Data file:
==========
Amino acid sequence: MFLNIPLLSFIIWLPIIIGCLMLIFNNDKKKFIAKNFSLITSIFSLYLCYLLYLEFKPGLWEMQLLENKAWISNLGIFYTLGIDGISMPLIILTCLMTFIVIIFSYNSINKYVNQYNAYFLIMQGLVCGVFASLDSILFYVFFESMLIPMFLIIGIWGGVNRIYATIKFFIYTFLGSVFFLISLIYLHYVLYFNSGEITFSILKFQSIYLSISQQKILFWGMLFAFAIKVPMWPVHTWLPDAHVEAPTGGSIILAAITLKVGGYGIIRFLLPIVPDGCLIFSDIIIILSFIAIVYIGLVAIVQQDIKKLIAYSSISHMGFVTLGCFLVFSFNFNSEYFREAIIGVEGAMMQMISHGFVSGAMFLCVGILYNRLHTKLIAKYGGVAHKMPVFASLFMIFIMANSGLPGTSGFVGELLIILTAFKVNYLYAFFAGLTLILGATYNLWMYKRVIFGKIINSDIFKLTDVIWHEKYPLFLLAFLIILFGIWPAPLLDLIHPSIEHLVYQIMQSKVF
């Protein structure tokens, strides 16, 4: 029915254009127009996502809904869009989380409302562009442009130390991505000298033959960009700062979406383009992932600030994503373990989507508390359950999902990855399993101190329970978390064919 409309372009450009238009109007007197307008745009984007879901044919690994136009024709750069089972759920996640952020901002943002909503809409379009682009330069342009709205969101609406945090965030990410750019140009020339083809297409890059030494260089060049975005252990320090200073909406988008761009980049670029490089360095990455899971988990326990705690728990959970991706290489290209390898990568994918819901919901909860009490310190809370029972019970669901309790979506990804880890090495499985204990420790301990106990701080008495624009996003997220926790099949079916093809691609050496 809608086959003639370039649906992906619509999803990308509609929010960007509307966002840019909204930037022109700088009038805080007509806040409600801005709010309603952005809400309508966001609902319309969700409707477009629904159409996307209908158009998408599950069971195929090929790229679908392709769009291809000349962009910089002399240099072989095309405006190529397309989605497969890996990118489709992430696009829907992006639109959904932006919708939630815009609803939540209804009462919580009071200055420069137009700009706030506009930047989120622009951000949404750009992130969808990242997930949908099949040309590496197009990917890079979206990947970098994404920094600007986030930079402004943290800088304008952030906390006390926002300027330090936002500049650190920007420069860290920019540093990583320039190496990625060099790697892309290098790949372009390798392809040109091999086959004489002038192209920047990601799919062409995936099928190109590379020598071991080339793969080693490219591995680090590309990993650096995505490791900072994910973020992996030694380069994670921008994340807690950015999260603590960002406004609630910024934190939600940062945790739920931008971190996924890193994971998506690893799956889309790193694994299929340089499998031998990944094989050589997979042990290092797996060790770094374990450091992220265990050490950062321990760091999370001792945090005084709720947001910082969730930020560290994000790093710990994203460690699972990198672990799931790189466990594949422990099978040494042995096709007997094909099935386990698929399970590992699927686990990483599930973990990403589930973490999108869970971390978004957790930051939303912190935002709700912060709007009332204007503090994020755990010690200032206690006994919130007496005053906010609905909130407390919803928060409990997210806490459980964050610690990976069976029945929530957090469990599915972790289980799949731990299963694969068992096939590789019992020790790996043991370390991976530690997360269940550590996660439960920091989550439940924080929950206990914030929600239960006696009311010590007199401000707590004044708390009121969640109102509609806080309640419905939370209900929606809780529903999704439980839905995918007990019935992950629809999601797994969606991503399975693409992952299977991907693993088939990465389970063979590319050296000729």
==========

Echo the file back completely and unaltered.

Amino acid sequence: MFLNIPLLSFIIWLPIIIGCLMLIFNNDKKKFIAKNFSLITSIFSLYLCYLLYLEFKPGLWEMQLLENKAWISNLGIFYTLGIDGISMPLIILTCLMTFIVIIFSYNSINKYVNQYNAYFLIMQGLVCGVFASLDSILFYVFFESMLIPMFLIIGIWGGVNRIYATIKFFIYTFLGSVFFLISLIYLHYVLYFNSGEITFSILKFQSIYLSISQQKILFWGMLFAFAIKVPMWPVHTWLPDAHVEAPTGGSIILAAITLKVGGYGIIRFLLPIVPDGCLIFSDIIIILSFIAIVYIGLVAIVQQDIKKLIAYSSISHMGFVTLGCFLVFSFNFNSEYFREAIIGVEGAMMQMISHGFVSGAMFLCVGILYNRLHTKLIAKYGGVAHKMPVFASLFMIFIMANSGLPGTSGFVGELLIILTAFKVNYLYAFFAGLTLILGATYNLWMYKRVIFGKIINSDIFKLTDVIWHEKYPLFLLAFLIILFGIWPAPLLDLIHPSIEHLVYQIMQSKVF
């Protein structure tokens, strides 16, 4: 029915254009127009996502809904869009989380409302562009442009130390991505000298033959960009700062979406383009992932600030994503373990989507508390359950999902990855399993101190329970978390064919 409309372009450009238009109007007197307008745009984007879901044919690994136009024709750069089972759920996640952020901002943002909503809409379009682009330069342009709205969101609406945090965030990410750019140009020339083809297409890059030494260089060049975005252990320090200073909406988008761009980049670029490089360095990455899971988990326990705690728990959970991706290489290209390898990568994918819901919901909860009490310190809370029972019970669901309790979506990804880890090495499985204990420790301990106990701080008495624009996003997220926790099949079916093809691609050496 809608086959003639370039649906992906619509999803990308509609929010960007509307966002840019909204930037022109700088009038805080007509806040409600801005709010309603952005809400309508966001609902319309969700409707477009629904159409996307209908158009998408599950069971195929090929790229679908392709769009291809000349962009910089002399240099072989095309405006190529397309989605497969890996990118489709992430696009829907992006639109959904932006919708939630815009609803939540209804009462919580009071200055420069137009700009706030506009930047989120622009951000949404750009992130969808990242997930949908099949040309590496197009990917890079979206990947970098994404920094600007986030930079402004943290800088304008952030906390006390926002300027330090936002500049650190920007420069860290920019540093990583320039190496990625060099790697892309290098790949372009390798392809040109091999086959004489002038192209920047990601799919062409995936099928190109590379020598071991080339793969080693490219591995680090590309990993650096995505490791900072994910973020992996030694380069994670921008994340807690950015999260603590960002406004609630910024934190939600940062945790739920931008971190996924890193994971998506690893799956889309790193694994299929340089499998031998990944094989050589997979042990290092797996060790770094374990450091992220265990050490950062321990760091999370001792945090005084709720947001910082969730930020560290994000790093710990994203460690699972990198672990799931790189466990594949422990099978040494042995096709007997094909099935386990698929399970590992699927686990990483599930973990990403589930973490999108869970971390978004957790930051939303912190935002709700912060709007009332204007503090994020755990010690200032206690006994919130007496005053906010609905909130407390919803928060409990997210806490459980964050610690990976069976029945929530957090469990599915972790289980799949731990299963694969068992096939590789019992020790790996043991370390991976530690997360269940550590996660439960920091989550439940924080929950206990914030929600239960006696009311010590007199401000707590004044708390009121969640109102509609806080309640419905939370209900929606809780529903999704439980839905995918007990019935992950629809999601797994969606991503399975693409992952299977991907693993088939990465389970063979590319050296000729």